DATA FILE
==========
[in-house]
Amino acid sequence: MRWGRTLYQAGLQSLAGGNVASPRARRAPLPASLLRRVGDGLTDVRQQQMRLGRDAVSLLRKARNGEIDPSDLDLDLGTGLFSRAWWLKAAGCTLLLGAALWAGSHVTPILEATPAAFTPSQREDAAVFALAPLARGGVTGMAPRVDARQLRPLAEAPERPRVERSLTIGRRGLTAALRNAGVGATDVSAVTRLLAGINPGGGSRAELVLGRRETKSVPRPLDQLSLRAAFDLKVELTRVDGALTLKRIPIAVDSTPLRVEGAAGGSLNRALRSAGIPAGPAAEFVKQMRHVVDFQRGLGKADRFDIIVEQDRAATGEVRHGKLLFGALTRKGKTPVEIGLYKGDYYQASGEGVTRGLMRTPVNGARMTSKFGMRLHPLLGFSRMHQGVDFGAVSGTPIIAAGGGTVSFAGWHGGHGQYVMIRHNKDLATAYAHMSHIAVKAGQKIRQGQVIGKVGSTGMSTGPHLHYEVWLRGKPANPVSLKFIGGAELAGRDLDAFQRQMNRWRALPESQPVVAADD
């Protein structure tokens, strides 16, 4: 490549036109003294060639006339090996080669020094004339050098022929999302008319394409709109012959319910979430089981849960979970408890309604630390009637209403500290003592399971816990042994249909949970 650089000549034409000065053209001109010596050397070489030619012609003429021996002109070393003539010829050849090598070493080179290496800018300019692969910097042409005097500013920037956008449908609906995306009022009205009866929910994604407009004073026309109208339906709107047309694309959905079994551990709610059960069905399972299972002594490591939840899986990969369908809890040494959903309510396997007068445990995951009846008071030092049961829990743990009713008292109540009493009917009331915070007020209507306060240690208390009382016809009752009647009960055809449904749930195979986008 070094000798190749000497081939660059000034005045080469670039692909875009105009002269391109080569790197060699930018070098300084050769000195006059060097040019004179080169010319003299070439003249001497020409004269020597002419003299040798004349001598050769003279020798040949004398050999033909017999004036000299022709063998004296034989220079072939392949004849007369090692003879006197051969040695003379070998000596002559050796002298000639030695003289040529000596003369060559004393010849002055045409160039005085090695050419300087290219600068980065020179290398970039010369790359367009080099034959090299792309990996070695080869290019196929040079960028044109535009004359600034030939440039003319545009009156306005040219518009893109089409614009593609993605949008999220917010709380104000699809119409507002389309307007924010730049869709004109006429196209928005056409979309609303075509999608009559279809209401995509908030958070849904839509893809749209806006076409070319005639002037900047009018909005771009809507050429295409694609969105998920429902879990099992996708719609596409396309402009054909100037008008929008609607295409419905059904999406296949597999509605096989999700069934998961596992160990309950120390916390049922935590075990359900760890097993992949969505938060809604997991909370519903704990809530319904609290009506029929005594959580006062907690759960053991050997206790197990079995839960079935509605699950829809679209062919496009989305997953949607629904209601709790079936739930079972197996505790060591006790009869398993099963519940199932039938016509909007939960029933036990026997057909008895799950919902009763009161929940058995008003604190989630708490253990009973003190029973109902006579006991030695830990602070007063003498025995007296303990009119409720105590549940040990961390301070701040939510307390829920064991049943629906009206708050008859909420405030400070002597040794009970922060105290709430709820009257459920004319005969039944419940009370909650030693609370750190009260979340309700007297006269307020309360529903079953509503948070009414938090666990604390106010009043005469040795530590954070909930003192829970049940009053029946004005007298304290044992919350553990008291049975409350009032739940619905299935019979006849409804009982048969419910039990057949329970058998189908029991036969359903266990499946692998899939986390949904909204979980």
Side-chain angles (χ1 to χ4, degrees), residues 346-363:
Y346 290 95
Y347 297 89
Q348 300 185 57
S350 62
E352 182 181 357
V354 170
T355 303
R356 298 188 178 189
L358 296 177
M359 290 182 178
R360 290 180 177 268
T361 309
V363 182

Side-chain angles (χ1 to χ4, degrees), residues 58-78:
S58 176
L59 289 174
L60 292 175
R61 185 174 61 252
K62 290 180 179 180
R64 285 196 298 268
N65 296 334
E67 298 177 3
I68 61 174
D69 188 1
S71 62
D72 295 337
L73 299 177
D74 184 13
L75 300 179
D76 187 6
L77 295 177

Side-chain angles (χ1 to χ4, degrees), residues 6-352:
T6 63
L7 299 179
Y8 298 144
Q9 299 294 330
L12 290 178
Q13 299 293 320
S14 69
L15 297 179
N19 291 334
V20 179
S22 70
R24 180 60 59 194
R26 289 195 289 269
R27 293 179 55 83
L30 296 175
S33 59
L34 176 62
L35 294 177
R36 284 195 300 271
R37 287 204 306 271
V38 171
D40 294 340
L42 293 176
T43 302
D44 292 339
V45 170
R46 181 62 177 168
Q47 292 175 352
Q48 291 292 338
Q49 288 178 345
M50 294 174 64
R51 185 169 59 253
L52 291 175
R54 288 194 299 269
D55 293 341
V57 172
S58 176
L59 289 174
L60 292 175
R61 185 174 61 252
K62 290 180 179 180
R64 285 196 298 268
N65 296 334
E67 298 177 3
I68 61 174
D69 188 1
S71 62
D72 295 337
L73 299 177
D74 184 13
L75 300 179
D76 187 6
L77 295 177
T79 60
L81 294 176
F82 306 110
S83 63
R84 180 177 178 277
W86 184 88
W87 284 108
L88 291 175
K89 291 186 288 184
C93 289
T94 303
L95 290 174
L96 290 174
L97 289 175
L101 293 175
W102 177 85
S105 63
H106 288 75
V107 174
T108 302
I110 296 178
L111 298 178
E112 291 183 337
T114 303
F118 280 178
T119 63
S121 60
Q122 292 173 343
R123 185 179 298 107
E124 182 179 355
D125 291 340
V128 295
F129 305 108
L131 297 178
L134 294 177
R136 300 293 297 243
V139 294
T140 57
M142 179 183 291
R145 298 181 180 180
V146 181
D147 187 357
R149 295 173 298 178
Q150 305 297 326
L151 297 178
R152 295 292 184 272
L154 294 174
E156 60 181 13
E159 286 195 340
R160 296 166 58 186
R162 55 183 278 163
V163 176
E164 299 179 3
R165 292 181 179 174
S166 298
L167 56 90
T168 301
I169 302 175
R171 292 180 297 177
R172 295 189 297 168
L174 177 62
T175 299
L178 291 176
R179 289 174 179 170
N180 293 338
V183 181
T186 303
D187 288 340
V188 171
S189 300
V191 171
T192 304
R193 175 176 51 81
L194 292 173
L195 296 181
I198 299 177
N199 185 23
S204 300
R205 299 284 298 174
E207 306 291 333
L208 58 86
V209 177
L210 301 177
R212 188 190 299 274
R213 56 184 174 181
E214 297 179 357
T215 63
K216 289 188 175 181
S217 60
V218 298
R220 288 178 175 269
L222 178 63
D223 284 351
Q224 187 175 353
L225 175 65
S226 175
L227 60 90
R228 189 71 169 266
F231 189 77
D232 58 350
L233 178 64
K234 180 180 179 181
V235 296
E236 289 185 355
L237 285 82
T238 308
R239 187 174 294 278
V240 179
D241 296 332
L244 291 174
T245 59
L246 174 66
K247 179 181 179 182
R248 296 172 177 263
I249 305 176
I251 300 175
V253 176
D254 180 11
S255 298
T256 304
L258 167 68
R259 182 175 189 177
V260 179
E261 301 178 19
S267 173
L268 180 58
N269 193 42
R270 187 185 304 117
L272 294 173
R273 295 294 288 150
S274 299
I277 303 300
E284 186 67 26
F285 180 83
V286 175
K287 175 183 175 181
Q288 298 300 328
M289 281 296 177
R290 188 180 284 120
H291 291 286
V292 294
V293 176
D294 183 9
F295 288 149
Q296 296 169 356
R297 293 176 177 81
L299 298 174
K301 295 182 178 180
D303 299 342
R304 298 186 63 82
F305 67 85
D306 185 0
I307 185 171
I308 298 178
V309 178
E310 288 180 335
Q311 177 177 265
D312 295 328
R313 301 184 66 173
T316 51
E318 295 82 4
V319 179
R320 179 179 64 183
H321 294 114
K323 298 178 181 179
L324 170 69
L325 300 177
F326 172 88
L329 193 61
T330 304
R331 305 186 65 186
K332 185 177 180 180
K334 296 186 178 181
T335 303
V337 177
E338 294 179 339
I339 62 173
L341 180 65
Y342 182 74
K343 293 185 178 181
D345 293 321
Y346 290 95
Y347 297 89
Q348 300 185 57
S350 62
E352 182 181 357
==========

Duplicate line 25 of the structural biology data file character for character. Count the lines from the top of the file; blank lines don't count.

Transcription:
N65 296 334